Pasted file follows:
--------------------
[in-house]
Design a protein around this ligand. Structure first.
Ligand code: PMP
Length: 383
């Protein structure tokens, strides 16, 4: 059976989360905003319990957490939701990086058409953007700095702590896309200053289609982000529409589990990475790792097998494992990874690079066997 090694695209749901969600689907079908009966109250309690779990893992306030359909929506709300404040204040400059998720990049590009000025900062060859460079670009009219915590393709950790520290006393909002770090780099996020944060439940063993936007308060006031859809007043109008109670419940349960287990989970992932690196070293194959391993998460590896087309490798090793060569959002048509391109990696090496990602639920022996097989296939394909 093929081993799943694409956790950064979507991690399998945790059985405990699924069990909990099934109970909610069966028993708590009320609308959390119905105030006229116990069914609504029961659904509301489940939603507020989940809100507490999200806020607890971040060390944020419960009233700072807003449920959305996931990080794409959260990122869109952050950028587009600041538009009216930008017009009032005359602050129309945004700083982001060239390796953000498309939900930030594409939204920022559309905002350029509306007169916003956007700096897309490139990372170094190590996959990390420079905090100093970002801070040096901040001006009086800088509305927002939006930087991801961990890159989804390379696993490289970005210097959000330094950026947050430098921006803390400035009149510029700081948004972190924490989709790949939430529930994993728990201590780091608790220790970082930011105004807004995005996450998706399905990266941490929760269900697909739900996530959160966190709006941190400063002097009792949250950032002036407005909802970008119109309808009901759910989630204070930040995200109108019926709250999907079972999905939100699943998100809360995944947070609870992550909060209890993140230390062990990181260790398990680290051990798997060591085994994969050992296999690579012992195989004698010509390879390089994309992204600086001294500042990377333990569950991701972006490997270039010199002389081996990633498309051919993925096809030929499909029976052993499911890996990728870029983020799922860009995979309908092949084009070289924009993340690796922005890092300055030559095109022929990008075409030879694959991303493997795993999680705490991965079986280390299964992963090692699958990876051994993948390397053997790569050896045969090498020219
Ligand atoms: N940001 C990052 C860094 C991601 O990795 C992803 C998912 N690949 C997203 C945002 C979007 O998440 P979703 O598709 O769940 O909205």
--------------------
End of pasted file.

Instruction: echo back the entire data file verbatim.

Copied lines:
[in-house]
Design a protein around this ligand. Structure first.
Ligand code: PMP
Length: 383
């Protein structure tokens, strides 16, 4: 059976989360905003319990957490939701990086058409953007700095702590896309200053289609982000529409589990990475790792097998494992990874690079066997 090694695209749901969600689907079908009966109250309690779990893992306030359909929506709300404040204040400059998720990049590009000025900062060859460079670009009219915590393709950790520290006393909002770090780099996020944060439940063993936007308060006031859809007043109008109670419940349960287990989970992932690196070293194959391993998460590896087309490798090793060569959002048509391109990696090496990602639920022996097989296939394909 093929081993799943694409956790950064979507991690399998945790059985405990699924069990909990099934109970909610069966028993708590009320609308959390119905105030006229116990069914609504029961659904509301489940939603507020989940809100507490999200806020607890971040060390944020419960009233700072807003449920959305996931990080794409959260990122869109952050950028587009600041538009009216930008017009009032005359602050129309945004700083982001060239390796953000498309939900930030594409939204920022559309905002350029509306007169916003956007700096897309490139990372170094190590996959990390420079905090100093970002801070040096901040001006009086800088509305927002939006930087991801961990890159989804390379696993490289970005210097959000330094950026947050430098921006803390400035009149510029700081948004972190924490989709790949939430529930994993728990201590780091608790220790970082930011105004807004995005996450998706399905990266941490929760269900697909739900996530959160966190709006941190400063002097009792949250950032002036407005909802970008119109309808009901759910989630204070930040995200109108019926709250999907079972999905939100699943998100809360995944947070609870992550909060209890993140230390062990990181260790398990680290051990798997060591085994994969050992296999690579012992195989004698010509390879390089994309992204600086001294500042990377333990569950991701972006490997270039010199002389081996990633498309051919993925096809030929499909029976052993499911890996990728870029983020799922860009995979309908092949084009070289924009993340690796922005890092300055030559095109022929990008075409030879694959991303493997795993999680705490991965079986280390299964992963090692699958990876051994993948390397053997790569050896045969090498020219
Ligand atoms: N940001 C990052 C860094 C991601 O990795 C992803 C998912 N690949 C997203 C945002 C979007 O998440 P979703 O598709 O769940 O909205």